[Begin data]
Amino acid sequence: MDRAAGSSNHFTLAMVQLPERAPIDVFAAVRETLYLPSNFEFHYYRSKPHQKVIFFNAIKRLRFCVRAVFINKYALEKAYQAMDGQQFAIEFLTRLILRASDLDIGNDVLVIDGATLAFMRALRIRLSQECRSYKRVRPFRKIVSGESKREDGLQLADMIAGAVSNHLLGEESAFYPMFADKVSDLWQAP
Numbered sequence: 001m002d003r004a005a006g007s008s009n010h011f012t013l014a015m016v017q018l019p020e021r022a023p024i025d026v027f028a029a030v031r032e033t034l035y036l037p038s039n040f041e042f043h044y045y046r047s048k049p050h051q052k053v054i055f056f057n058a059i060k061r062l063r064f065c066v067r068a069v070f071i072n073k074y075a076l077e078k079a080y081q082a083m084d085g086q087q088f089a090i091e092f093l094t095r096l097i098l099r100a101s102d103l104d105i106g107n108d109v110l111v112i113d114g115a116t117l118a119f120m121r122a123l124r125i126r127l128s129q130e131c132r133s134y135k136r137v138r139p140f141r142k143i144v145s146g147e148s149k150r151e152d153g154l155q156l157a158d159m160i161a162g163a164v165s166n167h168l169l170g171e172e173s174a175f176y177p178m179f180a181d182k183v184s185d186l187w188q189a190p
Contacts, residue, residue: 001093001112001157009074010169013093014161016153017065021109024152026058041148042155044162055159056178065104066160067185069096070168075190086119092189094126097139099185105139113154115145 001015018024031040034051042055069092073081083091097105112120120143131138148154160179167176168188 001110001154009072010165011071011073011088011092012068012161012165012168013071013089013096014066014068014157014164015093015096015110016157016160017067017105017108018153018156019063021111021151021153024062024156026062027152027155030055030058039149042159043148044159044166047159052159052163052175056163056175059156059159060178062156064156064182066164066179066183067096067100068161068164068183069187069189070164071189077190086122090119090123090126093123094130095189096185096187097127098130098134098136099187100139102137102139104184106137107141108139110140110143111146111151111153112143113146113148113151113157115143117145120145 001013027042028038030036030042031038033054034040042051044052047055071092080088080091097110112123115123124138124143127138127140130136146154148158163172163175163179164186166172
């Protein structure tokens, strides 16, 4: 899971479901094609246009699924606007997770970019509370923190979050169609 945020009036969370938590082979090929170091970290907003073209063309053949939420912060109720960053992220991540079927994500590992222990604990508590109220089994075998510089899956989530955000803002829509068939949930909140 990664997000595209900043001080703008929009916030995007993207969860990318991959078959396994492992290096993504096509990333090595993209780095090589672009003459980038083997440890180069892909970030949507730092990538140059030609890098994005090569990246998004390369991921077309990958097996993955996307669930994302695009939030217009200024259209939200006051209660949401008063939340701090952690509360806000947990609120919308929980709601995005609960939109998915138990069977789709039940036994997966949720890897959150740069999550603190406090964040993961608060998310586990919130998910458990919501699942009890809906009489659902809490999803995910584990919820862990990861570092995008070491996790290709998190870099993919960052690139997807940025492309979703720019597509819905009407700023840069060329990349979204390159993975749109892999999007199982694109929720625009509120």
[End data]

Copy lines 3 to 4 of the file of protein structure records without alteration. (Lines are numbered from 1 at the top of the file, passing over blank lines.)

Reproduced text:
Contacts, residue, residue: 001093001112001157009074010169013093014161016153017065021109024152026058041148042155044162055159056178065104066160067185069096070168075190086119092189094126097139099185105139113154115145 001015018024031040034051042055069092073081083091097105112120120143131138148154160179167176168188 001110001154009072010165011071011073011088011092012068012161012165012168013071013089013096014066014068014157014164015093015096015110016157016160017067017105017108018153018156019063021111021151021153024062024156026062027152027155030055030058039149042159043148044159044166047159052159052163052175056163056175059156059159060178062156064156064182066164066179066183067096067100068161068164068183069187069189070164071189077190086122090119090123090126093123094130095189096185096187097127098130098134098136099187100139102137102139104184106137107141108139110140110143111146111151111153112143113146113148113151113157115143117145120145 001013027042028038030036030042031038033054034040042051044052047055071092080088080091097110112123115123124138124143127138127140130136146154148158163172163175163179164186166172
């Protein structure tokens, strides 16, 4: 899971479901094609246009699924606007997770970019509370923190979050169609 945020009036969370938590082979090929170091970290907003073209063309053949939420912060109720960053992220991540079927994500590992222990604990508590109220089994075998510089899956989530955000803002829509068939949930909140 990664997000595209900043001080703008929009916030995007993207969860990318991959078959396994492992290096993504096509990333090595993209780095090589672009003459980038083997440890180069892909970030949507730092990538140059030609890098994005090569990246998004390369991921077309990958097996993955996307669930994302695009939030217009200024259209939200006051209660949401008063939340701090952690509360806000947990609120919308929980709601995005609960939109998915138990069977789709039940036994997966949720890897959150740069999550603190406090964040993961608060998310586990919130998910458990919501699942009890809906009489659902809490999803995910584990919820862990990861570092995008070491996790290709998190870099993919960052690139997807940025492309979703720019597509819905009407700023840069060329990349979204390159993975749109892999999007199982694109929720625009509120």